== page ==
How the British won India
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How the British won India

August 14, 2021

Study the past if you would define the future. — Confucius

Those who don’t know history are doomed to repeat it.—Edmund Burke

By Dr. C.D. Sreenivasa Murthy 

Indian cotton clothes, silks, spices and Indigo dye were in great demand throughout Europe during the middle ages. This trade was the monopoly of Arab merchants as they alone knew the sea route to India. The discovery of the ocean way to India by Vasco da Gama in1498 made European nations think of trading themselves and making profits. East India Company was incorporated in London on 31.12.1600. 

After some time it received the Royal charter from the English King giving it a monopoly of trade and even powers to wage war. Soon the Company established trading posts in Surat, Bombay, Chennai and Bengal. These were called factories. After the death of Aurangzeb in 1707, the Mughal power started waning and there was a sense of anarchy. The Company started raising armies to protect its factories.

Siraj-ud-Daulah was the Nawab of the vast territory of Bengal. He was an incompetent  and cruel ruler. He could not collect the land revenues through his Government officers efficiently and had outsourced it to the house of Jagat Seth, who was a marwari Jain banker and financier. Seth was very effective in collecting land revenues and hence controlled the finances and treasury of the Nawab. Jagat Seth was the title given to him as he was thought to be the wealthiest person in the world.  He had a network of a large number of associates all over India. Since the Nawabs could not send the annual revenues to the Mughal emperor in Delhi as it would be looted on the way by the robbers, they entrusted Jagat Seth to remit the annual Diwani.  

Jagat Seth could send money to anywhere in the country without actually transporting the cash, through the system of hundis and would deliver large amounts of cash to the emperor’s treasury in Delhi. Siraj-ud-Daulah was a spendthrift and often his treasury would be empty. Once he demanded Jagat Seth to lend a huge sum of money for a military campaign  and was furious when Seth pleaded his inability. He slapped him in the open court and insulted him. This richest man in the world felt humiliated and decided to take his revenge. Seth offered a bribe of twenty million pounds (more than a thousand crore rupees in today’s value) to Robert Clive to defeat the Nawab. Clive accepted the challenge and defeated Siraj-ud-Daulah at the Battle of Plassey in 1757. Robert Clive bribed Mir Jafar, Commander-in-Chief of Siraj-ud-Daulah with the promise of making him the next Nawab which resulted in his betrayal and victory for the British.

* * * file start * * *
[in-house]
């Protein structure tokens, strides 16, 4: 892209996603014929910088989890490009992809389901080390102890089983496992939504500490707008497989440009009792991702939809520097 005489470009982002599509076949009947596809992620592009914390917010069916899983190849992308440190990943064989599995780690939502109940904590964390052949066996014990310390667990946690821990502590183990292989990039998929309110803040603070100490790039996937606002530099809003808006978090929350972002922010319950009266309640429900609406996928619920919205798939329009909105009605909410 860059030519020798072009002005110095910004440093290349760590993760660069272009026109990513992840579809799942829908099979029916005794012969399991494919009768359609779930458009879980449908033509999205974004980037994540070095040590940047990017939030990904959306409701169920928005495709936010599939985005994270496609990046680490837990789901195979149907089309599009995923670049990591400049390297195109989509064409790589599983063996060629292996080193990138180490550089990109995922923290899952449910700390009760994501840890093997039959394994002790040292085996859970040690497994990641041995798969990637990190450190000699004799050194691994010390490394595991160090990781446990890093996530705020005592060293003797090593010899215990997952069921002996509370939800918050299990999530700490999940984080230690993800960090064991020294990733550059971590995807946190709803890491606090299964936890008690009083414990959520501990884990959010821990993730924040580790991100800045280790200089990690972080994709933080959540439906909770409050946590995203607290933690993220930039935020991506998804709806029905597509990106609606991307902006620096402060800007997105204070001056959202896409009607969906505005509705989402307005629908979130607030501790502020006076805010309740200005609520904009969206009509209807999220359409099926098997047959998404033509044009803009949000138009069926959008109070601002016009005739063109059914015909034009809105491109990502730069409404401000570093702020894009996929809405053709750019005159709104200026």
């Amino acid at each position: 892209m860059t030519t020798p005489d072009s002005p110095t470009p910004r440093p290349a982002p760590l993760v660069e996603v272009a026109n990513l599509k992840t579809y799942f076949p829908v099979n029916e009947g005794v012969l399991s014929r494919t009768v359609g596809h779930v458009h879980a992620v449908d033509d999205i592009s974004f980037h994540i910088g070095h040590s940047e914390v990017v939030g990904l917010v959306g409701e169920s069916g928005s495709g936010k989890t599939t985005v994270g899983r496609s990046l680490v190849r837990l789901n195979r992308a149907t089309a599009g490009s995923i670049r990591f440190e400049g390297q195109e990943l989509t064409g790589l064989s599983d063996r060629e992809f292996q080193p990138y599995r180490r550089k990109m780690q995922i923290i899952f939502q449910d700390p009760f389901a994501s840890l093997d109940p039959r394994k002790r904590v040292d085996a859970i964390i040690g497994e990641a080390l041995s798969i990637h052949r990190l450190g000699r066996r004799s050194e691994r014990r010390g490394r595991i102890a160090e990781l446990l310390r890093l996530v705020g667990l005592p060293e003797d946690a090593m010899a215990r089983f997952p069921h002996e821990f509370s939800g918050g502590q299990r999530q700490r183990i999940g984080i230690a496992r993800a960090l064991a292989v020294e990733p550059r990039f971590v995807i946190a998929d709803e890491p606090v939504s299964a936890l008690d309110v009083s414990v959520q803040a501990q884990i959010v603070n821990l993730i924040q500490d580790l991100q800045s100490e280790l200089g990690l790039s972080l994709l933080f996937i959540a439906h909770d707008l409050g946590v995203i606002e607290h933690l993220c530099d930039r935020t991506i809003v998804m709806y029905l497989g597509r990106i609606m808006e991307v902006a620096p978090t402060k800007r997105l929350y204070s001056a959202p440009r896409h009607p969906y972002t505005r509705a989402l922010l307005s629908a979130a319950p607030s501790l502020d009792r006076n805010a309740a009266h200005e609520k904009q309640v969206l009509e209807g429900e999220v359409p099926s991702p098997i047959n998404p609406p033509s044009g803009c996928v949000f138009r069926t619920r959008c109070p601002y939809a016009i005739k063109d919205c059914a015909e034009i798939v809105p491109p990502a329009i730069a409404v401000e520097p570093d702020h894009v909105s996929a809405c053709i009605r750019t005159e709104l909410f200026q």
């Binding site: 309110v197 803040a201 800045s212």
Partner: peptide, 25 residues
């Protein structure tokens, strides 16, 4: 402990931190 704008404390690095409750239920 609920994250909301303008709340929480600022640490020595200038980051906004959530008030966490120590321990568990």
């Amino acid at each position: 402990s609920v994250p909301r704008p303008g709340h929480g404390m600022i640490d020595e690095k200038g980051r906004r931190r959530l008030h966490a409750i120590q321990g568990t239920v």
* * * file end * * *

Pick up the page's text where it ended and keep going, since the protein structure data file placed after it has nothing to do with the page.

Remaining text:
A few years later in 1764, at the Battle of Buxar, Company forces defeated the allied forces of the Mughal emperor and the Emperor Shah Alam had to cede the Diwani (revenue collections) of Bengal to the Company.  The Company became the real ruler of Bengal, which was the biggest province of the Mughal Kingdom comprising the present day West Bengal, Bangladesh, Bihar and Orissa. This was the beginning of the  Indian Empire of the East India Company.  

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Revenue collections of Bengal were enormous and made the Company hugely rich. Clive was followed by many Governors like Warren Hastings and Cornwallis. All these people made large profits for the Company and  personal fortunes for themselves. In addition they were Empire builders and expanded the empire for the East India Company. The defeat of Tipu Sultan in 1799 by Arthur Wellesley almost completed the formation of the East India Company Empire of India.

The Company built a formidable Army of Indian soldiers who were called sepoys.  The soldiers were paid well and trained by the British officers with latest European techniques, guns and cannons, and were far superior to the forces of Indian Princes. The Company officers had developed an extensive intelligence network and had their spies all over the country. This system was so good it is said that when Haider Ali died during a campaign, the Company Governor of Madras came to know the matter earlier than his son Tipu Sultan.